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[2006/05/22]
Environmental pollutant affects immune cells in offspring via mother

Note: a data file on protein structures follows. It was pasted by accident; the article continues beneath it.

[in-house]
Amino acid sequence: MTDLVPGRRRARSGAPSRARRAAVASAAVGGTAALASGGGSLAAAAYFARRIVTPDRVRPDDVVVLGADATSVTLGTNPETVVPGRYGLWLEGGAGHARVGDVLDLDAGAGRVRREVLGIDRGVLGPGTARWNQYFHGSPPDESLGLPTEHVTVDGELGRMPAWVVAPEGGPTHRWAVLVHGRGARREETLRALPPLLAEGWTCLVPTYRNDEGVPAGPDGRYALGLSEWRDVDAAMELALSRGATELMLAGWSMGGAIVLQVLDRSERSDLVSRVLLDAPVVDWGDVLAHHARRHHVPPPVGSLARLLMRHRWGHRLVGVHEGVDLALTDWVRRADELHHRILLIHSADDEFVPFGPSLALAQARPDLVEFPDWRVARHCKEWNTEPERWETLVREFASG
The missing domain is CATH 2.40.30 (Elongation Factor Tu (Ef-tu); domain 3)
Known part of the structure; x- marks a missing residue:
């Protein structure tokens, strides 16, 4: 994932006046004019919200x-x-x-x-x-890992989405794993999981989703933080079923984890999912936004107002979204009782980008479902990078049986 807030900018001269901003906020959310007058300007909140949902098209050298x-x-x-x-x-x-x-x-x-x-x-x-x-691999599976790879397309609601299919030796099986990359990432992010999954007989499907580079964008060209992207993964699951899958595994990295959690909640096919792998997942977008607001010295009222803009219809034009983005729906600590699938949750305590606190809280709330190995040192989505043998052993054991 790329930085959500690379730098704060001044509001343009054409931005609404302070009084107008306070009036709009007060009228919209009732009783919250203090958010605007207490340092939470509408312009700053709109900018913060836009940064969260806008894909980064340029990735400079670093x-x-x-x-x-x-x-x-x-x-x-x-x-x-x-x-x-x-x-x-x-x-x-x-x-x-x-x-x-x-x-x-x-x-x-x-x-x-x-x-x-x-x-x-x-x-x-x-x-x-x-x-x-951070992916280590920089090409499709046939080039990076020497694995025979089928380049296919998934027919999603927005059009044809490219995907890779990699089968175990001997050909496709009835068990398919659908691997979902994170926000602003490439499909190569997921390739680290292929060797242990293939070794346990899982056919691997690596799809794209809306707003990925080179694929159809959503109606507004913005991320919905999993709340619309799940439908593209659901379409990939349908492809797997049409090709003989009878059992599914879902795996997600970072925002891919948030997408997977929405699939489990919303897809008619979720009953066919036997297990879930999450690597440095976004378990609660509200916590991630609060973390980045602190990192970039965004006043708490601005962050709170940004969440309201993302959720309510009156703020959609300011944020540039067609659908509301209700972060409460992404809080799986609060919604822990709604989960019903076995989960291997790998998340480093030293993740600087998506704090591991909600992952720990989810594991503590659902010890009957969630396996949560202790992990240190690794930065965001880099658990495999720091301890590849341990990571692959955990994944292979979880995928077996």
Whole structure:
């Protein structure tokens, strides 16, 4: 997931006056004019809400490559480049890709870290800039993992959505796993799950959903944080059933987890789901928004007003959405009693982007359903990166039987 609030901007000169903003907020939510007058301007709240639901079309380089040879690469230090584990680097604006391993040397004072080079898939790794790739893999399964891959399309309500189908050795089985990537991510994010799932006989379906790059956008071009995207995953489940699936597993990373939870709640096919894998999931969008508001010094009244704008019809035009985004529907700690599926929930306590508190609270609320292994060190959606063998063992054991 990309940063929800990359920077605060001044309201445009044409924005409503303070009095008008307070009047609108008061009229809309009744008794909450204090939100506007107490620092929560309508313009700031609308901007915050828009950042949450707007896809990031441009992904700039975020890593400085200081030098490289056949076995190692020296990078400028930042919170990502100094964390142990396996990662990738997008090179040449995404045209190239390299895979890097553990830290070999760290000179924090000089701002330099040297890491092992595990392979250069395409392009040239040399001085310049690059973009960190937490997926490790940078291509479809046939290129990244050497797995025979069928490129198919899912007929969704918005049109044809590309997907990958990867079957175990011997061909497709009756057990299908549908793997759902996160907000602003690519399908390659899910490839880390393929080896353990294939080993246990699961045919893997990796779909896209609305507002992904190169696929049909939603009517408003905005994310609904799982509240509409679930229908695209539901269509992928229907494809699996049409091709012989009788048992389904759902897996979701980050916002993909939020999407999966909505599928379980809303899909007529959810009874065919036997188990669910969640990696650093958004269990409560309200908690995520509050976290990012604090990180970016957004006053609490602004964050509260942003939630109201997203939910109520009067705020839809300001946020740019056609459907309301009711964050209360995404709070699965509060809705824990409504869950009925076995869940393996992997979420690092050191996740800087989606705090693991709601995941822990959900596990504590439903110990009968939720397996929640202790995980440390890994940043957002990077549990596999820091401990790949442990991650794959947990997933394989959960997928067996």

Artificial chemical substances are ubiquitously distributed in the environment. Some of these environmental pollutants disturb the endocrine and immune function in wildlife and humans. Associate Prof. Yuji Makita investigates the effects of perinatal exposure to tributyltin and/or organochlorine compounds on offspring in animal experiments using rats. When tributyltin chloride was administered to mother rats during the perinatal period, the weight of thymus was decreased to 85-90 % of the normal value in rat offspring exposed with tributyltin via mother. Further, he found that tributyltin selectively affected helper T-cells. He is a specialist in environmental toxicology for humans. He also investigates the effects of perinatal exposure to para-dichlorobenzene on offspring, which is used as a moth repellent or room deodorant.

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